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The whole of society and nature.
Society has never taken up the challenge of managing the whole, though I just learned that the Chinese , jing li, for economics came from the Japanese and meant — long ago — managing for the benefit of all. This parallels the Greek economy where the nomos, meant, in early pre Plato Greek, “equal distribution”. This seemingly trivial detail is important because, as the church lands gave way to state or private ownership, it kept the idea of an intact eco, home, and its management, nomo. The idea of economy as a realm within but not equivalent to, society, has its roots here. This requires some deep rethinking as we move toward a different future.
Both the Greeks and the Church asked the question If the well managed estate produces a surplus, what is the purpose of the surplus? For Aristotle, Plato and friends the answer was not to buy more things, but to create leisure for study, conversation and politics. For the church, inheriting that frame, the answer was “the estate is God’s dominion and our task is to manage it for his purposes - to make ethical people through prayer and meditation. We moderns have no grounded conversation about the purpose of our surplus so we turn it mindlessly into investment in growth, and it is killing us. A house is not a home , it is 2400 sq feet of mortgage. For moderns the surplus is to be used for the hyper consumptions of individuals acting on their own, not as apart of society.. Chris Alexander was an architect who struggled with the excesses of our civilization. He Wrote several books about Pattern Language in the 1950’s detailing modules of architecture which produced quality of life. An architectural project should be a collection of such patterns. The books were widley read in the profession but without much impact on practice because neither Chris nor his readers knew how to do it. He, after a few decades, wrote another series of books The Nature of Order: an essay on the art of building and the nature of the Universe. The core theme was that the mechanical/ mathematical dominated mind could not produce beauty. These books resonated with me and remain part of the unfinished project of rethinking western Civilization.
Three sets of interrelated issues describe our current sad state:
Fossil fuel impact on the climate, oceans, health and food
Political erosion of democratic principles and ideals
Culture which prioritizes exploitation before cooperation
People have always added an aesthetic dimension to what they create, even in a simple project like planting a row of lettuce, a pile of books in the livingroom or a pattern of pebbles outside the entrance to a grass hut. Gardenworld is not just work and rest. It is time with friends, dinners, and conversation. We have grown too used to human input from the screen. That output from the screen is not affected by our presence. The circle of two humans in interaction is broken. Our health and development require a return to visceral relationships where what you say affects me and you observe me with your body. Climate breakdown, natural and industry induced, has social implications on the way the environment supports where people live, how they are to eat, their morale, and culture. Climate breakdown will produce migrations and threaten existing relationships.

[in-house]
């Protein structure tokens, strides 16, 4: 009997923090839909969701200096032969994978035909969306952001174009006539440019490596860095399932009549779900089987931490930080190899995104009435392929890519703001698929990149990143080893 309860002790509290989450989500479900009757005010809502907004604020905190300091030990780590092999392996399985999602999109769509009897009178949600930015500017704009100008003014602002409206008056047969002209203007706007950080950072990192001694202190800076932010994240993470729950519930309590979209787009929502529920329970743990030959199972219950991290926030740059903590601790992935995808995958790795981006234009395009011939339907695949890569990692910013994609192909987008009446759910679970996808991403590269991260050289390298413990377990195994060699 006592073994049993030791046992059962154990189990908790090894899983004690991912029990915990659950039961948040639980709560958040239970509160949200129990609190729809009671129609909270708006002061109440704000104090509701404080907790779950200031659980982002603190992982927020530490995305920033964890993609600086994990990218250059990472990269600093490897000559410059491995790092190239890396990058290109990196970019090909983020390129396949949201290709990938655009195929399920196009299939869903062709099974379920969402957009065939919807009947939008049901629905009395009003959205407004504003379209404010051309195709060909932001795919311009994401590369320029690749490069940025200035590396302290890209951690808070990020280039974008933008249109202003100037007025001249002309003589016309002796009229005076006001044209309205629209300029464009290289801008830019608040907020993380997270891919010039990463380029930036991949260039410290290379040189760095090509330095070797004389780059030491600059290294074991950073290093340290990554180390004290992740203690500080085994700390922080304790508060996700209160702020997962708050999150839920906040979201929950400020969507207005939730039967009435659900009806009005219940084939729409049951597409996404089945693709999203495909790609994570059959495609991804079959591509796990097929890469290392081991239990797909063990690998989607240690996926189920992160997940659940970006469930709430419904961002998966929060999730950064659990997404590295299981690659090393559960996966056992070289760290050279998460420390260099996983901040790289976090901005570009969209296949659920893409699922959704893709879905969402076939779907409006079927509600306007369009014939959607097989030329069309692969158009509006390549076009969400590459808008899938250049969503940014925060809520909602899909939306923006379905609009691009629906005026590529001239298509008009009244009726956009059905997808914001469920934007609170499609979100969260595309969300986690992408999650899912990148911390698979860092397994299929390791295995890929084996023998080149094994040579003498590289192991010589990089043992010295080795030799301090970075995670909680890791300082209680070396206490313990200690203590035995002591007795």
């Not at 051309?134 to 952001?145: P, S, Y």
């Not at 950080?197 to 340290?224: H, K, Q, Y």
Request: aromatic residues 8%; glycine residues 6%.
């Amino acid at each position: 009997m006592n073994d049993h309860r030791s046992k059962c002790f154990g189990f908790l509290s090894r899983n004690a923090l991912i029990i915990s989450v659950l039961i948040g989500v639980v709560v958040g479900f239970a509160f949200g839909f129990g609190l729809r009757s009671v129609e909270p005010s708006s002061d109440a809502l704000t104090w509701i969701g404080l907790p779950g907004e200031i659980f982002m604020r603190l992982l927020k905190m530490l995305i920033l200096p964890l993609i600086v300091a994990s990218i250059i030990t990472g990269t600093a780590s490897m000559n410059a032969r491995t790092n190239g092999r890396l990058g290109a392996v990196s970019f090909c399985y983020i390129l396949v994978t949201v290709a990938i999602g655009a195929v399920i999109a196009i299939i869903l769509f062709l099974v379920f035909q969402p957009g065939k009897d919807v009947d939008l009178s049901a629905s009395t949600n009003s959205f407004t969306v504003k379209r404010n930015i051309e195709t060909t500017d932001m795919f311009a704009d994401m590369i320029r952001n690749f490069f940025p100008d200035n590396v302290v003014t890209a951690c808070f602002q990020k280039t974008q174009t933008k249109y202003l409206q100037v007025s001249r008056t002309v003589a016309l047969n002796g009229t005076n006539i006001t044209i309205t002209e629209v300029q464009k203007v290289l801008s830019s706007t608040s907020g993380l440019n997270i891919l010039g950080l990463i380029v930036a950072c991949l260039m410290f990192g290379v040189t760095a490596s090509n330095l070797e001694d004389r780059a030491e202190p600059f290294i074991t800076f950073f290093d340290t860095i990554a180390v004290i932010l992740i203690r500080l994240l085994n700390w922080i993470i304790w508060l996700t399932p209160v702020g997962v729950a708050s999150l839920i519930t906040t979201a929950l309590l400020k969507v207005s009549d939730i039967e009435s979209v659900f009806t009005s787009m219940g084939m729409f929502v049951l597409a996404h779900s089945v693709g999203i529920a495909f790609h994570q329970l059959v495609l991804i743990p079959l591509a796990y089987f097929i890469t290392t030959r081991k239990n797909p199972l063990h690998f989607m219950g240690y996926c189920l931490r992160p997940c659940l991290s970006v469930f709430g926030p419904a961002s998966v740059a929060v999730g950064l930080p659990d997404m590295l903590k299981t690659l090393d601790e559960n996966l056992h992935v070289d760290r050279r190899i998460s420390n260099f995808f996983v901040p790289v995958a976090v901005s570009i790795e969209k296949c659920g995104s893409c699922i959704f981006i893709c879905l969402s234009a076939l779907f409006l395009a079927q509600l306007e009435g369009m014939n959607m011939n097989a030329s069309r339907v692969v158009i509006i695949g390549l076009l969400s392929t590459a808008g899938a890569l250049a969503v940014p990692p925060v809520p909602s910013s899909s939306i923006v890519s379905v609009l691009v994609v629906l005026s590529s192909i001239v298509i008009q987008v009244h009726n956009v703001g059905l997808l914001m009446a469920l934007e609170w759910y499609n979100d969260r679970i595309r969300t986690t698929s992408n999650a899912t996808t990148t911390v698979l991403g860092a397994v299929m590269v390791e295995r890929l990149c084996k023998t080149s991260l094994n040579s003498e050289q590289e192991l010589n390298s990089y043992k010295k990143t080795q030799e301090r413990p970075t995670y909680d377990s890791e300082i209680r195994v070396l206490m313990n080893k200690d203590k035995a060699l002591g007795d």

One major reform will be land use whose owners resists change while they are buying more land world wide, betting on the rise of food prices. Private property in land used to exist along with public spaces such as national parks, local civic centers, sidewalks, and country roads used to lead past fields. No one complained if you walked or picnicked. The cost now of entering a “public” park is a real limitation to the life possibilities of ordinary people. Same with the art museums that in my youth were free and now maybe $25. In Catholic countries the poorest person has the right to enter the cathedrals and experience the high end of the art, sculpture, music and architecture of civilization. Today, in most places, no such access exists.
Rethinking land use is in our future and we should see it as an opportunity. Land use is one of the key issues for the future, driven by new population, climate breakdown, and changing sources of energy trending toward local energy production – which requires land for solar (good) or biofuels (bad). The Democratic and Republican leadership never mention this issue. Even “housing” goes unmentioned in discussions of climate. The hope of those well adapted to the present is that technical and regulatory solutions will emerge – and we will not have to do anything. But the reality is that increased population and climate breakdown will force the need for stronger and uncomfortable action. We face solutions that are likely to feel more like Shumpater’s “creative destruction” than happy expansion into the green economy. The participants are not looking for repetition but for the new innovation that tears apart the old. Creative Destruction is what capitalism, despite the mainstream economists, does.
The immediate future will disrupt how we work, where we live, and, if we are not successful, changes will be imposed on us. If we are successful, huge changes will have been implemented by us.